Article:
How to Design a Killer Comedy or Tragedy

Updated: May 9

In my previous blog, I talked about the importance of pacing in writing. Today, I will share some Aitsuji tips and tricks to building a killer comedy or tragedy in your stories. Are you ready for some weird suggestions?

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#1: Plot it Out


"But Aitsuji senpai... I'm a pantser! I don't plot anything I write!"


If I hear this protest coming from you, I'm going to slap you. There are limitations to what pantsers can do. If you want to create a fucking effective scene, you need to learn how to juggle between letting the kite string loose and pulling it back. You don't need to become a plotter. Instead, you can try leaning towards a plantser.


When I say plot, I don't mean from the beginning to the ending. In fact, I don't like detail planning myself. Too much of it could kill the characters. Too little of it wouldn't create the magical scene you dream of. A healthy balance with strategic key points to guide you will go a long way.

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#2: Decide the Characters


The first thing you need to plan should be the characters involved in the scene. Think of it as shooting a video. Which actor is going to be coming into the scene first? What would their entrance look or sound like? What's the setting of emotion and the ambience like?


As the writer, you are in charge of knowing your characters best. How they react to every scenario should be at the back of your hand already. If you don't know this yet, make a character profile. If you don't know how to, I suggest you check this blog.


You can only start to design the scene and stage if you know how to direct your actors.


#3: Design the POV


POV stands for Point of View for the ignorant people who were too lazy to Google. The POV of your writing in a scene like this should be suitable for the reaction you want to get from your reader. If someone is going to die, it makes little sense to choose the dying person's point of view to narrate the whole scene.


If you are writing it from a 3rd person's view, think carefully about who the camera should be zooming in on each scene. If you are writing it from a 1st person's view, be careful of what the character narrating should and shouldn't know.


Switching POV could occur if you are writing in mixed POVs but keep in mind to make it easy for your readers to follow. Be very clear on who is leading in each scene.


#4: Provide Details and Thinking Space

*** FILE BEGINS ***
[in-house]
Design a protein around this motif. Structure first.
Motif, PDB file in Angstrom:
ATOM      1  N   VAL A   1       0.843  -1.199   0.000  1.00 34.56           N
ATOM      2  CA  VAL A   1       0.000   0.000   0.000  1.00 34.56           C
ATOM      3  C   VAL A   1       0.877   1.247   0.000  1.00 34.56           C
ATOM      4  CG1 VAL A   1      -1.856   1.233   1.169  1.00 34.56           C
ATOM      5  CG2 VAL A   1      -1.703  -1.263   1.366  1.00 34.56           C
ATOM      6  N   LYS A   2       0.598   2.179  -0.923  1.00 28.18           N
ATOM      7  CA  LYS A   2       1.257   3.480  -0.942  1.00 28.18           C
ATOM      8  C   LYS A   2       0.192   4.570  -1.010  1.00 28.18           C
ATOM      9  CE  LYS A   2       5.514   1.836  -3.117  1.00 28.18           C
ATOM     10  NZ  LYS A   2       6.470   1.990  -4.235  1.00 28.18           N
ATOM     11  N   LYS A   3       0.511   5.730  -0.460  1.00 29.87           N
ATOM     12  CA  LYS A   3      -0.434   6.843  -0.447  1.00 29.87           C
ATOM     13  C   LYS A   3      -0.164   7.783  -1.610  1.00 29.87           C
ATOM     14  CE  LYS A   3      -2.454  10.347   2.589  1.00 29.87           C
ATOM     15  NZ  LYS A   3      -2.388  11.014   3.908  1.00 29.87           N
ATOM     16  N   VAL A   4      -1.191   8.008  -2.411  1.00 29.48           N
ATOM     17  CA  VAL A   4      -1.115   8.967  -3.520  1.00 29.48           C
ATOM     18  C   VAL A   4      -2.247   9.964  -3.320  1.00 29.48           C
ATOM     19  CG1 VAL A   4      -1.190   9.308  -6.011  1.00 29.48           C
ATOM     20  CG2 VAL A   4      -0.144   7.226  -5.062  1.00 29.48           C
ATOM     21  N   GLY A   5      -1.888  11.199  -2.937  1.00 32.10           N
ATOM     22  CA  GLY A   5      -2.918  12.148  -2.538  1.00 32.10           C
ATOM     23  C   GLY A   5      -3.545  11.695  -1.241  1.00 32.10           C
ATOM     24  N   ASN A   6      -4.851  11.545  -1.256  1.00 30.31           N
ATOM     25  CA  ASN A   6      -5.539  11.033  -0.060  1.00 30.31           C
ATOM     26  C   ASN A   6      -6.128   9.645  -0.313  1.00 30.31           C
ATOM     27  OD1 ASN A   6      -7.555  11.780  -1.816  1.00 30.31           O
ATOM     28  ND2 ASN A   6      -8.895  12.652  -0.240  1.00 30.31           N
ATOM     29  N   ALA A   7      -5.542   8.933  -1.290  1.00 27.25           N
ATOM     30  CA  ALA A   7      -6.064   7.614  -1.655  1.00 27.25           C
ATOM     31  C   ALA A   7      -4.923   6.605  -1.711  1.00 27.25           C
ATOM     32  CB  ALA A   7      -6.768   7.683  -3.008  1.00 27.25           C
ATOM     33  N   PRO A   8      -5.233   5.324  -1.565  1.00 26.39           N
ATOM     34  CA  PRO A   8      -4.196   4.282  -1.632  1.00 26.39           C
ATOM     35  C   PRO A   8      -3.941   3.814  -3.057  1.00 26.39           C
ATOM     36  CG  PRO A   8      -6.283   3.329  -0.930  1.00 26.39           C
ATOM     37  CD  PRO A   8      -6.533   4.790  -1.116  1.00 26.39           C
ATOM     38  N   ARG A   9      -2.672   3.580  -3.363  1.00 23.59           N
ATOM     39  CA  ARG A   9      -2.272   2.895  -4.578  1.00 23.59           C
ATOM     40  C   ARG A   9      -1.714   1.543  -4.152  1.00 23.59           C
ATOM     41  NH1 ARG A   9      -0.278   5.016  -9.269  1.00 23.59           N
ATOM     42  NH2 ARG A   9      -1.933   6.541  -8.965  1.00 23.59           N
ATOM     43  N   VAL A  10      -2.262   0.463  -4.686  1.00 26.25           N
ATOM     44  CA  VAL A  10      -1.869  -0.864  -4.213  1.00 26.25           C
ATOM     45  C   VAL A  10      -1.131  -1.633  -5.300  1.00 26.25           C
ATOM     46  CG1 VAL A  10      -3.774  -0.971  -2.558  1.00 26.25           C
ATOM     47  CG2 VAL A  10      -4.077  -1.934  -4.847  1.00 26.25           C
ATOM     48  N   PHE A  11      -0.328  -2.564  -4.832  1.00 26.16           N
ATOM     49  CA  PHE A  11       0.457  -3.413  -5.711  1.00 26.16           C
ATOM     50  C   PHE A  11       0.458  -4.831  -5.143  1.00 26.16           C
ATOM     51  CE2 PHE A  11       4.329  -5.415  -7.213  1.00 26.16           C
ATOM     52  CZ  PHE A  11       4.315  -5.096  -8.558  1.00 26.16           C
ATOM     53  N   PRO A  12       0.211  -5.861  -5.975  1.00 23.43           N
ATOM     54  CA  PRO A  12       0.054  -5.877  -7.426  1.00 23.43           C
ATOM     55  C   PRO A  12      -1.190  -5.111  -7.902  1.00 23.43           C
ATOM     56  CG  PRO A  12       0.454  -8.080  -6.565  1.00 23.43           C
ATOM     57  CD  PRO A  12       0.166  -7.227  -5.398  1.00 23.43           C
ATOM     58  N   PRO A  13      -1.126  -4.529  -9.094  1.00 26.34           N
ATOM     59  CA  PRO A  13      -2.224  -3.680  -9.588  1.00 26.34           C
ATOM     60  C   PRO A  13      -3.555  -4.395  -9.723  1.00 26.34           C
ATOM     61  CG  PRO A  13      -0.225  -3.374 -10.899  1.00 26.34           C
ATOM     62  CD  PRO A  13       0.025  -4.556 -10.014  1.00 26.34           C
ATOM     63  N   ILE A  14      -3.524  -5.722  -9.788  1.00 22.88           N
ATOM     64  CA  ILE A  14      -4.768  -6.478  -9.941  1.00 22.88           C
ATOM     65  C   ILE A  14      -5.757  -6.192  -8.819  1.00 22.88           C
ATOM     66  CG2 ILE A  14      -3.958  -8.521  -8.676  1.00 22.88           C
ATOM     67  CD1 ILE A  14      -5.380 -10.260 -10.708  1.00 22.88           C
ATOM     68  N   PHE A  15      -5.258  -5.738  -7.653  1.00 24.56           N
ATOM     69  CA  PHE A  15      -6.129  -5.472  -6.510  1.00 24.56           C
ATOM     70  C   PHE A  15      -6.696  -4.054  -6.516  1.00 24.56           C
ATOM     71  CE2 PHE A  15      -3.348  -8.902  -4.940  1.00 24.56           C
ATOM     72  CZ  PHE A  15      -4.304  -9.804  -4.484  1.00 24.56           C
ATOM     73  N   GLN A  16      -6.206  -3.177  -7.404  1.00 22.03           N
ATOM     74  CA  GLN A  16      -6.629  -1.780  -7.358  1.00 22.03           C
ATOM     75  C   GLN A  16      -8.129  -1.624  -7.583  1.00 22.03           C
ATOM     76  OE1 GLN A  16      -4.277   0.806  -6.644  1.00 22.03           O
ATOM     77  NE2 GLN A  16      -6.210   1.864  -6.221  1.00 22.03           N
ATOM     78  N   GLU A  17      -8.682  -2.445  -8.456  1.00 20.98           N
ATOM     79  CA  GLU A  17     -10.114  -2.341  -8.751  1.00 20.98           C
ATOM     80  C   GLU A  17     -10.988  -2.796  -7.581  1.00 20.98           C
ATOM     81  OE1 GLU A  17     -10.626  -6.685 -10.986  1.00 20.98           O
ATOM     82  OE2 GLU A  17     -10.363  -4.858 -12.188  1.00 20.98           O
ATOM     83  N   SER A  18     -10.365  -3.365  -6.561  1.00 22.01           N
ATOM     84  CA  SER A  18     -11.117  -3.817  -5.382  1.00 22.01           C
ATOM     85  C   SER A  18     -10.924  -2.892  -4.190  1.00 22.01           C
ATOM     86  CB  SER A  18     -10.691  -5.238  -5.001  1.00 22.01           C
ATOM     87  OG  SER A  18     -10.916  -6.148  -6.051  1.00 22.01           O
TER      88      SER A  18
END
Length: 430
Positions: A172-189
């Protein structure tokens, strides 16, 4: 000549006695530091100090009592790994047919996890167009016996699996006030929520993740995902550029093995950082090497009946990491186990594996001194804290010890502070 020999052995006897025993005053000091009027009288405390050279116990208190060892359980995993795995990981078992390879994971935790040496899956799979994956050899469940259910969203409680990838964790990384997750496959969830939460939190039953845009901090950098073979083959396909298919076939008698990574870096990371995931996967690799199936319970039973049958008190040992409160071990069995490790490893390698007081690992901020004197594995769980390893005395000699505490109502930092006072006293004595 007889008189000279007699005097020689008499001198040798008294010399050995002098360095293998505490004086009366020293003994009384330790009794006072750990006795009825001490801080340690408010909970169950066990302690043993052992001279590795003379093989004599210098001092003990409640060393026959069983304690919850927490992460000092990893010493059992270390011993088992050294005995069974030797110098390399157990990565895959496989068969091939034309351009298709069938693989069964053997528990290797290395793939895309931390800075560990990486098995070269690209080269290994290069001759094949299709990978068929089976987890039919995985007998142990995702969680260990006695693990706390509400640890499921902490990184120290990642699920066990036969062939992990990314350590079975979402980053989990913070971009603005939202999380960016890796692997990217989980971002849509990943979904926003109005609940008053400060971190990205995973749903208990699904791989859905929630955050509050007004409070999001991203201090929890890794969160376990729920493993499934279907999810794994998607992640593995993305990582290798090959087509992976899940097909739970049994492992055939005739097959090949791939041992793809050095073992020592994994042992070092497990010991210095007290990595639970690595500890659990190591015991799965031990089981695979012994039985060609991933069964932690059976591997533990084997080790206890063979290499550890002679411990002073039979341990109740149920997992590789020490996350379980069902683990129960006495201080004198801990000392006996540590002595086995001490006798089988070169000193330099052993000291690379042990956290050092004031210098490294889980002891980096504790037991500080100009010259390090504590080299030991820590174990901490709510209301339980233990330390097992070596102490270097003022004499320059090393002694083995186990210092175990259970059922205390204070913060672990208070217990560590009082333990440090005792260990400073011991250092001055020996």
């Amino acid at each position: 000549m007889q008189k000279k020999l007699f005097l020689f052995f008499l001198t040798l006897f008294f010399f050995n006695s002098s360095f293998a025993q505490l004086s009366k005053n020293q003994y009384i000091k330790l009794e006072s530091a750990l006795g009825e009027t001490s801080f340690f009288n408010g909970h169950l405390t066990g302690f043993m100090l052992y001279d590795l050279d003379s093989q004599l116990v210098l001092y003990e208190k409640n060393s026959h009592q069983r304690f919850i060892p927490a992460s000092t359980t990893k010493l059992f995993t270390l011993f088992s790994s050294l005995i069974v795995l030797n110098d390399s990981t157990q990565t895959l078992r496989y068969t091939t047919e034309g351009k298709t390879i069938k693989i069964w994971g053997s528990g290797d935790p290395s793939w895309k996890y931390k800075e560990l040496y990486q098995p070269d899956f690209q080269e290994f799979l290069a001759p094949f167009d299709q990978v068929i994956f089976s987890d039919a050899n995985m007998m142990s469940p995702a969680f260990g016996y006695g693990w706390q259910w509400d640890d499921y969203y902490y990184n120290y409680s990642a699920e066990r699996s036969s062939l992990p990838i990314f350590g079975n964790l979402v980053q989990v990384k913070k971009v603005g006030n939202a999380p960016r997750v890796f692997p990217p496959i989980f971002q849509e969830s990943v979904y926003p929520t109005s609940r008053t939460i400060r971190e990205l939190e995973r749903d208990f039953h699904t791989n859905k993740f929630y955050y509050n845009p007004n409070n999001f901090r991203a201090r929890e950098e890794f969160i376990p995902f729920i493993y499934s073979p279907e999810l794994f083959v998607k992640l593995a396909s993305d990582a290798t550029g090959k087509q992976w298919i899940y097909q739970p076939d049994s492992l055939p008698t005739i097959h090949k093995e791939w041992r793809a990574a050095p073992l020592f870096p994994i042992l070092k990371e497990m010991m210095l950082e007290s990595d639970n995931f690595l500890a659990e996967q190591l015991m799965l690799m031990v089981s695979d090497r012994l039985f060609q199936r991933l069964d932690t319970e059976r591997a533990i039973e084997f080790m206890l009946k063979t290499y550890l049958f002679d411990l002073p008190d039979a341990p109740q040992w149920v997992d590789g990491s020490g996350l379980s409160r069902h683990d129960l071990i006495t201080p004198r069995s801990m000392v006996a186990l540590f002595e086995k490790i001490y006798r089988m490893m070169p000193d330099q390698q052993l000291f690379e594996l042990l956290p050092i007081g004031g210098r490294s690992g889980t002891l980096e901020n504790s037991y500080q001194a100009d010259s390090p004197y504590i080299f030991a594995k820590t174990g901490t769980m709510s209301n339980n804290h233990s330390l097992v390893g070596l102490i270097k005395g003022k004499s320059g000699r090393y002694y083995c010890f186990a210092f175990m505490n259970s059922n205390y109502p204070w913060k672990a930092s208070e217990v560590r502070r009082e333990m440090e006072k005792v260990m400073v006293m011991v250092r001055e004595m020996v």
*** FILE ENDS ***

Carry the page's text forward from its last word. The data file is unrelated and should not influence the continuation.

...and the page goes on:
The next step is to outline the timeline for your scene. Here are some questions to ask.


1. When do you want to give each piece of information that would lead up to the punchline or big bang at the finale?

2. Who should be narrating it?

3. How do you want to deliver that information to your reader?


Don't forget to pepper your scene with plenty of details. Stop glazing across those details because what we see, hear, smell and touch could provide our readers with a more vivid image to immerse themselves in. The use of these details will give your reader time to settle into the flow of your story.


Note: Do not write fillers. Over describing useless information that doesn't give merit to a scene is as bad as under describing. I will be covering how not to write fillers in another blog.


Give your readers thinking space. When there is an overload of information, it is normal to slow down to take in all these details. What we, as writers, want to achieve here is to give our readers a huge buffet of information that they can enjoy while preparing for the next stage. Talking about the art of distraction...

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#5: Distract Your Readers


This is mandatory. DO NOT BARGAIN WITH ME! The art of distraction is a must in the finest of skills like magic, dating and possibly cheating for a test. Just think about it. Without distraction, the magician cannot perform his trick. Without distraction, your date might find out you're a horrible potato and not a glamourous Instagram babe. Without distraction, your teacher would have seen you copying the answer for question four from the back of your eraser.


Distraction is an art used most effectively by the humblest of writers who want to headfuck their readers with a success rate of 100%.


Distraction doesn't have to be difficult. It comes hand in hand with the art of foreshadowing. As you drop breadcrumbs of information for your readers to follow with the distraction of a detail buffet, offer the readers some 'insights' that might happen following the natural flow of your scene. This can be considered a successful distraction but remember to keep some cards close to you because you don't want to give away the final shot before the huge finale.


#6: Hit Them When They Least Expect


After fulfilling the first five steps of planning above, it is time to deliver the final blow. It doesn't have to be lengthy, it doesn't have to be flashy. You just need to give it to your readers hard and fast like a surprise right hook in the face after doing a strip dance.


I promise that you'll have the tears or laughter that you desire from your readers.


Conclusion...


Although not every scene follows this flow of events, the most successful emotional scenes are written based on true stories. Life is the best teacher we can have. We don't often see things coming because we are not omniscient. It's the same for stories when writing, don't write from the omniscient view of an author, but rather, through the eyes of a reader.


That is how you can design a killer comedy or tragedy in your story. It works for anything, really.

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